Beyond the "Caesar photos," other abducted drivers, especially of large and expensive and useful vehicles, including firetrucks and armored fighting vehicles, often wind up dead, vehicles unknown, regime blamed as possible. One was a bus driver, killed along with a small family, found dumped just north of the Al-Houla area, just before the infamous massacre there on 25 May, 2012. It turns out that was conducted by a huge rebel force, including foreigners - just after a couple busses with Shi'ite pilgrims were hijacked near the Turkish border on 22 May. Did the jihadists involved cross the border and use those busses to travel south to Houla before they massacre over 100 people from loyalist Sunni and Shia convert families?


There have been many clear cases of buses, minibuses and vans carrying state workers or other travelers, hijacked by armed gangs who single out and executing non-Sunni passengers. This was especially common in the Homs area in 2012 and 2013. I haven't studied other areas as much. See several bus massacres listed here, even though that wasn't the main scope (so I've missed many).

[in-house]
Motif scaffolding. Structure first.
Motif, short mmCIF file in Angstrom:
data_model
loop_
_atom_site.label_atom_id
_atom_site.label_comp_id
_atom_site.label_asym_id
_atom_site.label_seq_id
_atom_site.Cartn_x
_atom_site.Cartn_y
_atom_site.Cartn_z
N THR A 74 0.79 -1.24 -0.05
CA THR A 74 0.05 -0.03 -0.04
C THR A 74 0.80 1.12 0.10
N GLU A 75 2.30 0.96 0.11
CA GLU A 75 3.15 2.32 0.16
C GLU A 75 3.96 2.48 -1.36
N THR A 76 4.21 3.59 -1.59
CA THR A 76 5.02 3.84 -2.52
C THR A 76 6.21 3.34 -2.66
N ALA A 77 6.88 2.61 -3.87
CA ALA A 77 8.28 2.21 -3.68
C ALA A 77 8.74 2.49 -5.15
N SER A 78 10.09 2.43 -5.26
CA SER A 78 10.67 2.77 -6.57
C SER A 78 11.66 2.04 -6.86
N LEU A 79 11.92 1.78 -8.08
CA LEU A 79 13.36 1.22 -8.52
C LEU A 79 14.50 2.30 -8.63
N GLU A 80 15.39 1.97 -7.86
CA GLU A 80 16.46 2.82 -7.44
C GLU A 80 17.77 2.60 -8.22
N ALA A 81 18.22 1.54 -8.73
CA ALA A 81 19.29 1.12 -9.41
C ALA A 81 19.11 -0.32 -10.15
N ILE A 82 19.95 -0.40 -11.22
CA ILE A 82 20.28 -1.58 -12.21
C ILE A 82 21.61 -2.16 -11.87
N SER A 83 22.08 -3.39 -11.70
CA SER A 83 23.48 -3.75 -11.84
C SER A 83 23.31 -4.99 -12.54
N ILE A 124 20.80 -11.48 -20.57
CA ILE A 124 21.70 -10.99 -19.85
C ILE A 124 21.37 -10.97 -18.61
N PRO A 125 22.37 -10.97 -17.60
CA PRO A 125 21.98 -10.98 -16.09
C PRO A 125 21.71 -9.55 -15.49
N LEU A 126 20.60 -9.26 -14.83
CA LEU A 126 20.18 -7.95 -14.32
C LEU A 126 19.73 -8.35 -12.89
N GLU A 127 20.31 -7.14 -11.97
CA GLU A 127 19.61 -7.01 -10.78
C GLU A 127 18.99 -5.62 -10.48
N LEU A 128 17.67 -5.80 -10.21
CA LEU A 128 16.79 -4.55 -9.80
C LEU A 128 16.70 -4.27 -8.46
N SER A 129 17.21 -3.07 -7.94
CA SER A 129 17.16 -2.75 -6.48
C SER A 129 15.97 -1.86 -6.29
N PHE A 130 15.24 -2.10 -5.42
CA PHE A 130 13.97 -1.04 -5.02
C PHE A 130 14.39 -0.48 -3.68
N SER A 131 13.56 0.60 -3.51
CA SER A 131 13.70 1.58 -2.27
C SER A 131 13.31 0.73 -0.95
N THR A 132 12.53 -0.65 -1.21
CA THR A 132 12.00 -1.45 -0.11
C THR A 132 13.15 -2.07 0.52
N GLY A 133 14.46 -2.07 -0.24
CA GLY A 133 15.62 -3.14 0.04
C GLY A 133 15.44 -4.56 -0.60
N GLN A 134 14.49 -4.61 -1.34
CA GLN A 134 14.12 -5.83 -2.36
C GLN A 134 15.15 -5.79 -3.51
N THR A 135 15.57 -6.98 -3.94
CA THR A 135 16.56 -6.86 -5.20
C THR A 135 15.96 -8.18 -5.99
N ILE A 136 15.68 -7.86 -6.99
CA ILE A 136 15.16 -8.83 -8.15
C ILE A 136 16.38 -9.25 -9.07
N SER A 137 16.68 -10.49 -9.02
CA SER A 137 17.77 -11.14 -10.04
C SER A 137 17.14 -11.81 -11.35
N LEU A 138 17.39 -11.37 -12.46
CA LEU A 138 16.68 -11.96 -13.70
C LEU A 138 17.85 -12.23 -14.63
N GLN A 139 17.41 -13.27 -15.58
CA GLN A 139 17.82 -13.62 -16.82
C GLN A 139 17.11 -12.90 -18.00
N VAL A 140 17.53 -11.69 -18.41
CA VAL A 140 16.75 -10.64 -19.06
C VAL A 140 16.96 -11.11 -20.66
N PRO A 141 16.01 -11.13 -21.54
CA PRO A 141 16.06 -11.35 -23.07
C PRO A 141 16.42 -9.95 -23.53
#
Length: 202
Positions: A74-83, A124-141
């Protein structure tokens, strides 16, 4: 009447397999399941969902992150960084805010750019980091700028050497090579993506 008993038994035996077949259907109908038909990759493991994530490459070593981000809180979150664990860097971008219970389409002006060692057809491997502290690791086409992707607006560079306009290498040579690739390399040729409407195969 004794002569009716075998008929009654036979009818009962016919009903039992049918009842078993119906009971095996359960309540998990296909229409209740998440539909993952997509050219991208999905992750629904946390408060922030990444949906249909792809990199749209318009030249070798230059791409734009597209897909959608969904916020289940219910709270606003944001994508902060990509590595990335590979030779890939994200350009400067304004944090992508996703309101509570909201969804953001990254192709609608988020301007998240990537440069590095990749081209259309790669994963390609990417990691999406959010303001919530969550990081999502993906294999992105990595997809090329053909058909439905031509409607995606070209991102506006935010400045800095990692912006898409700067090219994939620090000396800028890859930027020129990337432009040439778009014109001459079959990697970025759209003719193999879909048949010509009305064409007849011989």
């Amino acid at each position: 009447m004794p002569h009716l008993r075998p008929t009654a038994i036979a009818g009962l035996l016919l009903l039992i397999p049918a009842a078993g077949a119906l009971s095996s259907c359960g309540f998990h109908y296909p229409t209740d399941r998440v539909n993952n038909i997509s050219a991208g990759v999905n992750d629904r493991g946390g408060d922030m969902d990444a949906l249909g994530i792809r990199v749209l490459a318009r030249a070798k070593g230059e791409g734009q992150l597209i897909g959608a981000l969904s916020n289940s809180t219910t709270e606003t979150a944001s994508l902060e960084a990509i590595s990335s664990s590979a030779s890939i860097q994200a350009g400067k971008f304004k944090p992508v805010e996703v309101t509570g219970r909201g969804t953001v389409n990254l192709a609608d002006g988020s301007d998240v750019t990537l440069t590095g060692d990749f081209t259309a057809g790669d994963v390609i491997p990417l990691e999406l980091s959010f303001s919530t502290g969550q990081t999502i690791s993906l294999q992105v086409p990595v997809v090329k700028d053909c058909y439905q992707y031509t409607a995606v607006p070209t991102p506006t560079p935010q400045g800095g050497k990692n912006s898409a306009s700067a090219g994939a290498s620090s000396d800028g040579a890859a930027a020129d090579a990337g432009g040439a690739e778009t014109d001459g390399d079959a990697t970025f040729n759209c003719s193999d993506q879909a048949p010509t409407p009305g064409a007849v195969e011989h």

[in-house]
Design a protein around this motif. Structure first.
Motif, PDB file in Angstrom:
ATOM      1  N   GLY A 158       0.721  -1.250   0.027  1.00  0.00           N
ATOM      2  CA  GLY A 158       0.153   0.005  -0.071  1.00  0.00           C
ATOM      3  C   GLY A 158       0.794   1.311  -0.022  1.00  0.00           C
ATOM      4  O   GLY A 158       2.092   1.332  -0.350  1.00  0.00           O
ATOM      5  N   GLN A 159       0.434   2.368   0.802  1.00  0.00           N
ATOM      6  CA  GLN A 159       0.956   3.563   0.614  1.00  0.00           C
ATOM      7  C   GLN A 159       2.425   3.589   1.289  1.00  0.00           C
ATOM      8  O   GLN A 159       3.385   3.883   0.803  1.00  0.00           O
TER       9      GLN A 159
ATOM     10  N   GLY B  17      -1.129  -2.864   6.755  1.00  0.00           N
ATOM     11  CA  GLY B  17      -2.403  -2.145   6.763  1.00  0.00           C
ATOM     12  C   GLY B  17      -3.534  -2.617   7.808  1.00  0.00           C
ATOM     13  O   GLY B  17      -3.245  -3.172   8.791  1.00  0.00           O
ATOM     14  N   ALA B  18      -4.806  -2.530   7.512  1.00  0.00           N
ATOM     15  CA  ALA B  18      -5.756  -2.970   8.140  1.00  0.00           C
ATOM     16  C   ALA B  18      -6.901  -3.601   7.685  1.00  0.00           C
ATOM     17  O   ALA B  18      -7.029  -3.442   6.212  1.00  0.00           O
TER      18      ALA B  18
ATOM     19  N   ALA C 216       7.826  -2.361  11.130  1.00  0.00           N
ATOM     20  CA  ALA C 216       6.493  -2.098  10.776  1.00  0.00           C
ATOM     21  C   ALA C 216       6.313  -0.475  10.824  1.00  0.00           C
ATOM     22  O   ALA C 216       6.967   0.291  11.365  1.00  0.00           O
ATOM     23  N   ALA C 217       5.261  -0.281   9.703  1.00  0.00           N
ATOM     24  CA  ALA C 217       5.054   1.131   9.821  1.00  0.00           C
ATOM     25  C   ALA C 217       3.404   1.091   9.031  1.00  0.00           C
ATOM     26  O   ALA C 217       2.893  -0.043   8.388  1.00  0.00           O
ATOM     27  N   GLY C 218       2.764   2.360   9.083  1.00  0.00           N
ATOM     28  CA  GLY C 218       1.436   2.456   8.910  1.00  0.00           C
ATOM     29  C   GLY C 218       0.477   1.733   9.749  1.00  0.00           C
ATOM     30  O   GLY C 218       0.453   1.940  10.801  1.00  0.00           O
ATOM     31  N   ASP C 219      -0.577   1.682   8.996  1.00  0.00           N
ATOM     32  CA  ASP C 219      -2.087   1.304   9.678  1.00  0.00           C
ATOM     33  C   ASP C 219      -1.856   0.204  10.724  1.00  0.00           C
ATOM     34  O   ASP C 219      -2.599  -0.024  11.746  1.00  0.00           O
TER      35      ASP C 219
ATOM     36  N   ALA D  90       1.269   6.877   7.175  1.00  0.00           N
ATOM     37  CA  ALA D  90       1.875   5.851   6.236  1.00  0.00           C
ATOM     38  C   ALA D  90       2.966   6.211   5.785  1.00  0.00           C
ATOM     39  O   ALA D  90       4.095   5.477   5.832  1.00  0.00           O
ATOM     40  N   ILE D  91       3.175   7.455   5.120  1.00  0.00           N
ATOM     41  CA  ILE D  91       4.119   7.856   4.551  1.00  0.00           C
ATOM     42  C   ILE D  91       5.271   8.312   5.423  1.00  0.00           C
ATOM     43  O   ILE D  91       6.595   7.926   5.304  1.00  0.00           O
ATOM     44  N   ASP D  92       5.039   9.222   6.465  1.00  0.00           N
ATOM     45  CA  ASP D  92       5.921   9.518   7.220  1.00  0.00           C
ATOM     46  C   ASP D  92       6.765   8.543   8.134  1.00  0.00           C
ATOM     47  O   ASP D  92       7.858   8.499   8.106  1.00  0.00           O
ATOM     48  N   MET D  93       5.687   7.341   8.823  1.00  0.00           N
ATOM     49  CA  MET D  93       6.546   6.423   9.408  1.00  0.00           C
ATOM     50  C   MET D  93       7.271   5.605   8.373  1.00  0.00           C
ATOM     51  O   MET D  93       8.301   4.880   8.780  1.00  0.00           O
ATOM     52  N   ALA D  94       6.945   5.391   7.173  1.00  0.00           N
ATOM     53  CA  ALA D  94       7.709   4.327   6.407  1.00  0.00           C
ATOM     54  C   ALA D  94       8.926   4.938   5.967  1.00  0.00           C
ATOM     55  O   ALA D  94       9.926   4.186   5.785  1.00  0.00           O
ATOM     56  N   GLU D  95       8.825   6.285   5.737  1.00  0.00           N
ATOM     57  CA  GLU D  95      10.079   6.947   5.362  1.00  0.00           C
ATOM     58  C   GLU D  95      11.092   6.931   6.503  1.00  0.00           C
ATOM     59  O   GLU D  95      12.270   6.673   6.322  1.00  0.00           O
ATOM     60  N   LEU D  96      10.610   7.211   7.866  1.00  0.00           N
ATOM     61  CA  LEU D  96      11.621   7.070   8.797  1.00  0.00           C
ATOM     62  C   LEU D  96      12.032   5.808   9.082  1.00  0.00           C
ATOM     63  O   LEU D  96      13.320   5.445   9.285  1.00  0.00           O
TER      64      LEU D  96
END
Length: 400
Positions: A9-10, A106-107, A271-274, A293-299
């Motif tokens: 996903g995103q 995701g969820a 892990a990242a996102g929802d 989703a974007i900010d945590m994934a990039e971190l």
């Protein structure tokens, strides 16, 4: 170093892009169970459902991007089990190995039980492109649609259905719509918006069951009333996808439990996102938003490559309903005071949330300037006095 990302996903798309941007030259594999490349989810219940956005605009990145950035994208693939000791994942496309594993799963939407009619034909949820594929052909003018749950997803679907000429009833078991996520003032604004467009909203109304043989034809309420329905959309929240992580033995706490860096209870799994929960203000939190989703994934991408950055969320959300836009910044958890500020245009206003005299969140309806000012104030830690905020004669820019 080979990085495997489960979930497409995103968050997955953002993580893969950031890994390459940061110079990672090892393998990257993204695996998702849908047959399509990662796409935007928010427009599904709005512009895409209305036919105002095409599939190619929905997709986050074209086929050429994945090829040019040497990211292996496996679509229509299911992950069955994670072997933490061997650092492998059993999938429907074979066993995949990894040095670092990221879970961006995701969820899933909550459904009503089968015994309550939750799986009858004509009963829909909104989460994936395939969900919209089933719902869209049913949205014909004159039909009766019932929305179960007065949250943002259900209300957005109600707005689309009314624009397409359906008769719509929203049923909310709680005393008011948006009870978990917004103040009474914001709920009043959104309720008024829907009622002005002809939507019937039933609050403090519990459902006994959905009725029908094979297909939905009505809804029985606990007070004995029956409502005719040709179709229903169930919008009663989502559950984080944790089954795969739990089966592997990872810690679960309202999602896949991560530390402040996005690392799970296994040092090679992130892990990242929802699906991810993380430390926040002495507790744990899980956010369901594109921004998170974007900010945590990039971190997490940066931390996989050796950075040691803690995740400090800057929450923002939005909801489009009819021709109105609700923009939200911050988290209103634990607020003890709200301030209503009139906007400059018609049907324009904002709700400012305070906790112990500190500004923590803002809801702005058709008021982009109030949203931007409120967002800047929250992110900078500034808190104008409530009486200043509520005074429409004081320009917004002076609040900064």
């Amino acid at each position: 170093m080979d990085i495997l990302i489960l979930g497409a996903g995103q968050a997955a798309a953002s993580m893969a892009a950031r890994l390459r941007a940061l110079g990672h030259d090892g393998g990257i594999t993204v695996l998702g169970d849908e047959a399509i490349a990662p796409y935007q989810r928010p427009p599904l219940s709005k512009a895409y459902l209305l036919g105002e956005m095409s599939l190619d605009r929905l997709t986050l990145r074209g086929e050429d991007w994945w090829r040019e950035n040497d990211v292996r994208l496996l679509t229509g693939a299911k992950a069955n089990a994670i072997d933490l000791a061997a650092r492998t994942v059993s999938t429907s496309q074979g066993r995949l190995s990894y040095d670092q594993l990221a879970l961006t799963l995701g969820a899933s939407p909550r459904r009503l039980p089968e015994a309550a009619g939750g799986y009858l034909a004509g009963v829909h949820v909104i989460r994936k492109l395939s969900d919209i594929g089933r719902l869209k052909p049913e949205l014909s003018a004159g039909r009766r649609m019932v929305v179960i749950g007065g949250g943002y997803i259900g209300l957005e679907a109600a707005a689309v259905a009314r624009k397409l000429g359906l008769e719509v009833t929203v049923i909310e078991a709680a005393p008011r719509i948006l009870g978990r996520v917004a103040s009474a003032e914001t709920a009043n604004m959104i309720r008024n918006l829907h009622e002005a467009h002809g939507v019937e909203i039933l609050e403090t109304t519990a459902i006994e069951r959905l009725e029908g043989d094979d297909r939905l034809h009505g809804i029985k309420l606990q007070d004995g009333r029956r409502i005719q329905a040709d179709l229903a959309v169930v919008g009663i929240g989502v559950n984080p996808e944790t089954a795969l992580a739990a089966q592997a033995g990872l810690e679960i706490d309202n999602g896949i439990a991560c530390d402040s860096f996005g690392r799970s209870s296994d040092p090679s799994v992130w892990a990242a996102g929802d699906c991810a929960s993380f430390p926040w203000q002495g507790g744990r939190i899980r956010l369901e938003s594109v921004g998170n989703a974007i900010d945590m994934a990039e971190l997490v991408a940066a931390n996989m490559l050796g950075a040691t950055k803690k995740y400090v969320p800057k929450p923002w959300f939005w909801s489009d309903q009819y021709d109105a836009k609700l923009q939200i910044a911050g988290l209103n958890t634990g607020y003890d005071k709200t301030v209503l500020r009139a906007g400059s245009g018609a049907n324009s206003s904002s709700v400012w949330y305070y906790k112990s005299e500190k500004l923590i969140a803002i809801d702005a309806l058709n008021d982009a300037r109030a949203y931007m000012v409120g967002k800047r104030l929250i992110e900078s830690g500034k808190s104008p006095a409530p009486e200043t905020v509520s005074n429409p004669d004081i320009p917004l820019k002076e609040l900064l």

Side-note: His sister's name - Amal Hag (Haj) Hamdo Anfalis - is a bit odd. They both share the middle name Haj, presumably their father's first name. But the family part is half-different from his. Observant Muslim women usually keep only their father's name on marriage, shunning the adoption of her husband's name, so she would stay a Hamdo. Here, it sounds like she took both names, after marrying a man named Anfalis. 

Anfal is an Arabic word, but Anfalis sounded Greek, and Greek names are common among Syrian and Lebanese Christians. But a bit of searching suggests it is an Arabic name. (which are also used by Christians and others in that language area … it's just a neutral clue). Still, her adoption of it suggests at least the family is not part of a Sunni extremist network, who have a way sometimes of getting arrested by the authorities. And, perhaps, she has the extra name for some other reason. That's too big a paragraph for such a small clue, but oh well. It's at the end now. Unless this isn't the end.

Further Findings
They seem possible. Here's space.